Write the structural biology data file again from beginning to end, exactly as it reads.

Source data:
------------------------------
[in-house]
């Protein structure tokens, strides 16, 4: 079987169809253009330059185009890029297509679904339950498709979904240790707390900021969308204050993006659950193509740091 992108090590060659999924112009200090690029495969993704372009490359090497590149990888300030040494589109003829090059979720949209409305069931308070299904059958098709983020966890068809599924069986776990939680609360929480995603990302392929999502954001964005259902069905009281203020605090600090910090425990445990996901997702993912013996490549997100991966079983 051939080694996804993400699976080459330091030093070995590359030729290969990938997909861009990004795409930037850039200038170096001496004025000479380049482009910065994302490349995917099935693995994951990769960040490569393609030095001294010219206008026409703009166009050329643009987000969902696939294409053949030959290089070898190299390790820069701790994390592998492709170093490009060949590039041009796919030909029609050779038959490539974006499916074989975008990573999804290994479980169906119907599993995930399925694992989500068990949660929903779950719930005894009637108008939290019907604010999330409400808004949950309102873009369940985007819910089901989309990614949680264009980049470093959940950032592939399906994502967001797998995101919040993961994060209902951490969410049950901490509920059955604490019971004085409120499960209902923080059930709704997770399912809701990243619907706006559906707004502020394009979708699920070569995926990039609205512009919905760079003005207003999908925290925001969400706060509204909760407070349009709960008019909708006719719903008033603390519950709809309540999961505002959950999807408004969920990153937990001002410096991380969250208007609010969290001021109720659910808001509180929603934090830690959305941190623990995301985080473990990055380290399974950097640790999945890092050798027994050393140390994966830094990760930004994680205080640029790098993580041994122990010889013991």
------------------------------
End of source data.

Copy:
[in-house]
């Protein structure tokens, strides 16, 4: 079987169809253009330059185009890029297509679904339950498709979904240790707390900021969308204050993006659950193509740091 992108090590060659999924112009200090690029495969993704372009490359090497590149990888300030040494589109003829090059979720949209409305069931308070299904059958098709983020966890068809599924069986776990939680609360929480995603990302392929999502954001964005259902069905009281203020605090600090910090425990445990996901997702993912013996490549997100991966079983 051939080694996804993400699976080459330091030093070995590359030729290969990938997909861009990004795409930037850039200038170096001496004025000479380049482009910065994302490349995917099935693995994951990769960040490569393609030095001294010219206008026409703009166009050329643009987000969902696939294409053949030959290089070898190299390790820069701790994390592998492709170093490009060949590039041009796919030909029609050779038959490539974006499916074989975008990573999804290994479980169906119907599993995930399925694992989500068990949660929903779950719930005894009637108008939290019907604010999330409400808004949950309102873009369940985007819910089901989309990614949680264009980049470093959940950032592939399906994502967001797998995101919040993961994060209902951490969410049950901490509920059955604490019971004085409120499960209902923080059930709704997770399912809701990243619907706006559906707004502020394009979708699920070569995926990039609205512009919905760079003005207003999908925290925001969400706060509204909760407070349009709960008019909708006719719903008033603390519950709809309540999961505002959950999807408004969920990153937990001002410096991380969250208007609010969290001021109720659910808001509180929603934090830690959305941190623990995301985080473990990055380290399974950097640790999945890092050798027994050393140390994966830094990760930004994680205080640029790098993580041994122990010889013991």